The best that has been thought, said, and written must be taken seriously- questioned perhaps, improved upon if possible - but taken seriously as the highest achievements of the human mind.
What makes great works great is that they seek to penetrate the deepest mysteries of the human condition and to elevate mankind from the jungle of untutored nature.
All is not well with our country. We are crippled by the most rudimentary problems of energy, security, infrastructure and leadership. As a people, our destiny is under siege by a cabal of ‘elites’ who have infiltrated the pinnacle of our political leadership. Because we have no choice of our leaders, no voice on our legislations, the government has become a project of private plunder rather than for public good. Our education system is worst hit.
Experts say our systems are simply churning out “unemployable illiterates”. With such internal decay, our country declines in prestige, power and position across the continent and around the world while Ghana that country once our economic puppet- daily and increasingly becomes the economic and political epicenter of Africa.
As a result of our national predicament, I believe that Nigerian movie industry has no excuse in its current fetishing of the past and the weird present. Indeed it retains the unique capacity for our social progress as it is elsewhere around the world, from Latin America to North America and to Asia. That promise however will remain in the empty air if Nollywood is not liberated from the captivity of current mistaken assumptions about our culture, religion, history, and the needs of the Nigerian people.
To begin with, Nollywood is admittedly a run-away success, its meteoric rise from dynamo to domino almost certainly legendary: a small enterprise borne more out of circumstance and opportunity than from a well thought out business idea and then growing rapidly in the 1990 and 2000s to become the second largest film industry in the world; ahead of Hollywood (United States) and behind Bollywood (India) in terms of annual film production. It is reputed to be worth US$250 million churning about 200 home videos every month.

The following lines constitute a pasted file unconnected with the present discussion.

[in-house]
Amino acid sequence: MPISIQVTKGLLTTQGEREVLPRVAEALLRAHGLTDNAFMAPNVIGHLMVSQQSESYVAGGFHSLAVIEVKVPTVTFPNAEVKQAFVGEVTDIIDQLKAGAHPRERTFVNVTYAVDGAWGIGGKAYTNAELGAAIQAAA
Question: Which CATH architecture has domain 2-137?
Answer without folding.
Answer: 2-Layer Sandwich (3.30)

For all that, Nollywood has become a house of Babel. It is rumored to be running short of film titles, titles which are as diminutive as their contents. It is only in this country films run on such bizarre titles as 2 Rats, Feel My Pain, End Time Virus, Scent of Passion, Bypass, My Guy Again, Sugar Cane Lady, Chelsea/Liverpool, Money Yab Man, The Church is Mine, Hold My Life, Forgive My Father among others.
The content is equally shallow, sloppy, and empty of purpose; no doubt a reflection of the decline of the spirit of research and learning in our land. Most galling are the embarrassing verbal blunders, drab conversation, abysmal soundtracks, poor portrayal of roles, short duration with excess doses of advertisement taking equal duration as that of the movie content and the excessive tears too often displayed to make up for poor content.
And yet in a recent documentary, This is Nollywood, which follows a Nigerian film director, Bond Emerawa, as he sprints to make a feature- length action film in just nine days, he declares in a triumphant spirit: “We are telling our own stories in our own way, our Nigerian way, African way. I cannot tell the white man’s story. I don’t know what his story is all about...”
We cannot disagree more with Bond. Is that truly how we tell African stories, without imagination and innovation? Which African way was he actually referring to? Or is the African story essentially and exclusively an appeal to witchcraft, occultism, blood, gore, vulgarity, mermaids, lust and the lowest common denominators?
Nollywood is profoundly wrong on many fronts beginning with African culture(s). First witchcraft and mermaids are not essentially African story, past and present, for they are to be found across all cultures. One does not need to read the elaborate volume of Robin Horton to discover that there are irrational elements in every culture.